April 18 2014 Latest news:
, Senior Reporter
Tuesday, March 6, 2012
A voluntary community organisation, which has got more than twice as many Hackney residents into Olympic jobs than the professional agency employed to do so, say their methods of working could save local authorities thousands of pounds.
Over the last six months, jobs brokerage Onsite, which is commissioned by Hackney Council, has recruited 150 people to work in security, retail, catering, cleaning, transport and logistics positions this summer.
Meanwhile, Telco (The East London Communities Organisation) has recruited 400 with a voluntary team, by organising just three jobs fairs in the borough.
Telco claims their existing network of grassroots contacts has enabled them to cut through bureaucratic red tape.
While Onsite mainly holds weekly drop-in sessions at the council’s service centre and will generally wait for people to get in touch with them after reading flyers or press notices, Telco volunteers personally approach people through the organisation’s member schools, churches and mosques and persuade them to give it a go.
Tricia Zipfel, Telco co-chairwoman for Hackney, said: “I would have thought if we can do that through volunteers working informally but being rooted in local community institutions that has a strong message for agencies and the authorities who are trying to do the same thing through more formal channels.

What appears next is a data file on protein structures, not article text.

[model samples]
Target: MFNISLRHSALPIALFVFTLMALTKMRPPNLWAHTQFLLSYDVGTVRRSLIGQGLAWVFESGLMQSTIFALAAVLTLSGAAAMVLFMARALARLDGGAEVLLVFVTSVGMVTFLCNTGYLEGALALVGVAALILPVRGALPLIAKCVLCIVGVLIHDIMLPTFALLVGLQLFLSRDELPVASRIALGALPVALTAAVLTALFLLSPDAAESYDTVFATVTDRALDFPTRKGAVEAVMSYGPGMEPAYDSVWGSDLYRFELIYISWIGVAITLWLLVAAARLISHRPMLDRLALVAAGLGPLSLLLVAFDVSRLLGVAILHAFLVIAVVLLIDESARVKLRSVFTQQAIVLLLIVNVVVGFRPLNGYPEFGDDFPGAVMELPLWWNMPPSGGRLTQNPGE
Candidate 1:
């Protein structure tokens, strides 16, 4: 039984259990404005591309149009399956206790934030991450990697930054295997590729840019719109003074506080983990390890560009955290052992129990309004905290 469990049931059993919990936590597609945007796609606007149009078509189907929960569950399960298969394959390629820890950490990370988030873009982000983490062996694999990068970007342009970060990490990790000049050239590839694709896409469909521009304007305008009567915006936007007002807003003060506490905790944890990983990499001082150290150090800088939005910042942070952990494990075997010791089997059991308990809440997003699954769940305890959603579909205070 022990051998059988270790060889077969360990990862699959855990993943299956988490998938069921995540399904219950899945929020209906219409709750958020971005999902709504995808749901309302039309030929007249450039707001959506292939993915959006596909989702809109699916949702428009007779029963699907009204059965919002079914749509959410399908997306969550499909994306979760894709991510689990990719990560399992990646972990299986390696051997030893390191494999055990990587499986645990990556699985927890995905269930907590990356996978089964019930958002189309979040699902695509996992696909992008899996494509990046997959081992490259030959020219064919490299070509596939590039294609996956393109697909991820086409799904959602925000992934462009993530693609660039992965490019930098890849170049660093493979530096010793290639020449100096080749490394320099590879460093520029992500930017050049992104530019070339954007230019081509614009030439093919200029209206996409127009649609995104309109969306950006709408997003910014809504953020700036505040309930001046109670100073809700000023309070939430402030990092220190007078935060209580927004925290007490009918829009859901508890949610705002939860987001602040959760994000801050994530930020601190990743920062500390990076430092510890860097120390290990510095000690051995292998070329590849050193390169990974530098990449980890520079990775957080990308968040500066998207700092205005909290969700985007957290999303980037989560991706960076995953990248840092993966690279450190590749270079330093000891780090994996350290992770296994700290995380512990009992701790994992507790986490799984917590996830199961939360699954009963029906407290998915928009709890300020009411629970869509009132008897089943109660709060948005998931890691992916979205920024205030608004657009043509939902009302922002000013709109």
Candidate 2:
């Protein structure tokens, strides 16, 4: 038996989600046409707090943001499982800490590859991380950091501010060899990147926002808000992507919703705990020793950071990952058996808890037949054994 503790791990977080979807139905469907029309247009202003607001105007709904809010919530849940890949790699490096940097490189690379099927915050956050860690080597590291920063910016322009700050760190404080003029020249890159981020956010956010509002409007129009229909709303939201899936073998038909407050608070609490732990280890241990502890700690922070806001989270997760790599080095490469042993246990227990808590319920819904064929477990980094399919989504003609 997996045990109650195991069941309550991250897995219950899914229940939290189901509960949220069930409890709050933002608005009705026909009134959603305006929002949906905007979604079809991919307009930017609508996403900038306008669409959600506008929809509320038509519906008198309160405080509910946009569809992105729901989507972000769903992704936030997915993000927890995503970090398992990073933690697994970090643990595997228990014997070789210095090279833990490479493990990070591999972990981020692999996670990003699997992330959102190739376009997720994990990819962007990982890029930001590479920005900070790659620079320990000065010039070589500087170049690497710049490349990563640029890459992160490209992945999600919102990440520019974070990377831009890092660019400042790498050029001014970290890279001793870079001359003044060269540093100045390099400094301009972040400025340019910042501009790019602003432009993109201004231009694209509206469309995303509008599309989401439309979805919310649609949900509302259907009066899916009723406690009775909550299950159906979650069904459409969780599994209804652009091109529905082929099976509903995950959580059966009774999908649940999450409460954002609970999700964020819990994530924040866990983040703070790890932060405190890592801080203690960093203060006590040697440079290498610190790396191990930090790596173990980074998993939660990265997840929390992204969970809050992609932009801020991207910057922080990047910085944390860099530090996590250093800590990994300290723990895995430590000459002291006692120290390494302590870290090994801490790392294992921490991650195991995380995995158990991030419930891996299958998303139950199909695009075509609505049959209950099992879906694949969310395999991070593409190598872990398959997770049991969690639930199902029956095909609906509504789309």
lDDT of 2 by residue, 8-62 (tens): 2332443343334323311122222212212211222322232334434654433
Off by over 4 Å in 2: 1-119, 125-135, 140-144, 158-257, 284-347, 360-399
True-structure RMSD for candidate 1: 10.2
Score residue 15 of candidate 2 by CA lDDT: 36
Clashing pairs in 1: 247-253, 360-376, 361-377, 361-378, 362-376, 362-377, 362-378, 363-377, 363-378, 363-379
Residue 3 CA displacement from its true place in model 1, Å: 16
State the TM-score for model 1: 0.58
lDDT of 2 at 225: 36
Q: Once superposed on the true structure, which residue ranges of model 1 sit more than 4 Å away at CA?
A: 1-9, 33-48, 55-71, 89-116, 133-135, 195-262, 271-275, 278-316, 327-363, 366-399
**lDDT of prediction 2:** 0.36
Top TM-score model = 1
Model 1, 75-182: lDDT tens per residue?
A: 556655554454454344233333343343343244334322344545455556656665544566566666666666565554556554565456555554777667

“I think there’s an issue about the money, in that Telco on a voluntary basis without using public money has achieved better results than agencies, which are being paid to do it,” she added.
While Telco estimates they have spent £50 per job secured, Onsite is paid four times as much per job by the council once the applicant is successful and starts work.
The council has set itself a target of getting 1,200 residents into Games-time jobs, and with just four months left to go, 700 residents have received offers.
Cllr Guy Nicholson cabinet member for regeneration and the Olympics and Paralympics, said in a statement that Hackney Council was still focused on getting the borough’s residents into work and was working with various agencies and organisations to do so.
“Onsite are one of these organisations and they provide an intensive service for applicants and give support and advice throughout the application process,” he said.